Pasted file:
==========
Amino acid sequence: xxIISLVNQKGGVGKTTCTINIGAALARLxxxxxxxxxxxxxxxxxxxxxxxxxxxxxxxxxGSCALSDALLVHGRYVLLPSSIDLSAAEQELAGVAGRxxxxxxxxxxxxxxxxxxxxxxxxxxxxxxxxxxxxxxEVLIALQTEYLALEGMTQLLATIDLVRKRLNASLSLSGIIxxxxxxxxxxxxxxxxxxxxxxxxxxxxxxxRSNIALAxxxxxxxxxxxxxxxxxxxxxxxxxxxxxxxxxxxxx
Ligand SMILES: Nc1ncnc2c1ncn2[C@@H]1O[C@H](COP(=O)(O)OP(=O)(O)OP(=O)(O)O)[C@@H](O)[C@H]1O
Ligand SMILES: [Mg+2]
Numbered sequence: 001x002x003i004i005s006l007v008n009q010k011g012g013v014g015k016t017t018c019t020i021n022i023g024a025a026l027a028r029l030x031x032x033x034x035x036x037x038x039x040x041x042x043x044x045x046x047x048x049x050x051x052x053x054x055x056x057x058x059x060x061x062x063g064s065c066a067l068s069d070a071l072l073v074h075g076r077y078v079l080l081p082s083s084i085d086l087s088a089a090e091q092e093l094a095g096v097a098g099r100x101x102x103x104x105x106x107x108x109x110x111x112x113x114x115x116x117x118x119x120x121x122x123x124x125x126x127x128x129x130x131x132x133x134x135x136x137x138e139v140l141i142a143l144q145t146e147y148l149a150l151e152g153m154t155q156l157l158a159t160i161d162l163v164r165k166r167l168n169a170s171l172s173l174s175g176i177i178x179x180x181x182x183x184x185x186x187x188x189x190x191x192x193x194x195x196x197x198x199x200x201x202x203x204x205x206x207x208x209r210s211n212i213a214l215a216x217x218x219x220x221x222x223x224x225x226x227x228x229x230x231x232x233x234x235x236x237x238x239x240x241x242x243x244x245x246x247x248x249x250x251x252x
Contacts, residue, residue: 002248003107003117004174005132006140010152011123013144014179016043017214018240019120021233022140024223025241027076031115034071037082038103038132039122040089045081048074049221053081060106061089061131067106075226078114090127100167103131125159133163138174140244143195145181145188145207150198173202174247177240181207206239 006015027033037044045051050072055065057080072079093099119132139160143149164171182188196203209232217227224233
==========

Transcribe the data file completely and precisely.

Amino acid sequence: xxIISLVNQKGGVGKTTCTINIGAALARLxxxxxxxxxxxxxxxxxxxxxxxxxxxxxxxxxGSCALSDALLVHGRYVLLPSSIDLSAAEQELAGVAGRxxxxxxxxxxxxxxxxxxxxxxxxxxxxxxxxxxxxxxEVLIALQTEYLALEGMTQLLATIDLVRKRLNASLSLSGIIxxxxxxxxxxxxxxxxxxxxxxxxxxxxxxxRSNIALAxxxxxxxxxxxxxxxxxxxxxxxxxxxxxxxxxxxxx
Ligand SMILES: Nc1ncnc2c1ncn2[C@@H]1O[C@H](COP(=O)(O)OP(=O)(O)OP(=O)(O)O)[C@@H](O)[C@H]1O
Ligand SMILES: [Mg+2]
Numbered sequence: 001x002x003i004i005s006l007v008n009q010k011g012g013v014g015k016t017t018c019t020i021n022i023g024a025a026l027a028r029l030x031x032x033x034x035x036x037x038x039x040x041x042x043x044x045x046x047x048x049x050x051x052x053x054x055x056x057x058x059x060x061x062x063g064s065c066a067l068s069d070a071l072l073v074h075g076r077y078v079l080l081p082s083s084i085d086l087s088a089a090e091q092e093l094a095g096v097a098g099r100x101x102x103x104x105x106x107x108x109x110x111x112x113x114x115x116x117x118x119x120x121x122x123x124x125x126x127x128x129x130x131x132x133x134x135x136x137x138e139v140l141i142a143l144q145t146e147y148l149a150l151e152g153m154t155q156l157l158a159t160i161d162l163v164r165k166r167l168n169a170s171l172s173l174s175g176i177i178x179x180x181x182x183x184x185x186x187x188x189x190x191x192x193x194x195x196x197x198x199x200x201x202x203x204x205x206x207x208x209r210s211n212i213a214l215a216x217x218x219x220x221x222x223x224x225x226x227x228x229x230x231x232x233x234x235x236x237x238x239x240x241x242x243x244x245x246x247x248x249x250x251x252x
Contacts, residue, residue: 002248003107003117004174005132006140010152011123013144014179016043017214018240019120021233022140024223025241027076031115034071037082038103038132039122040089045081048074049221053081060106061089061131067106075226078114090127100167103131125159133163138174140244143195145181145188145207150198173202174247177240181207206239 006015027033037044045051050072055065057080072079093099119132139160143149164171182188196203209232217227224233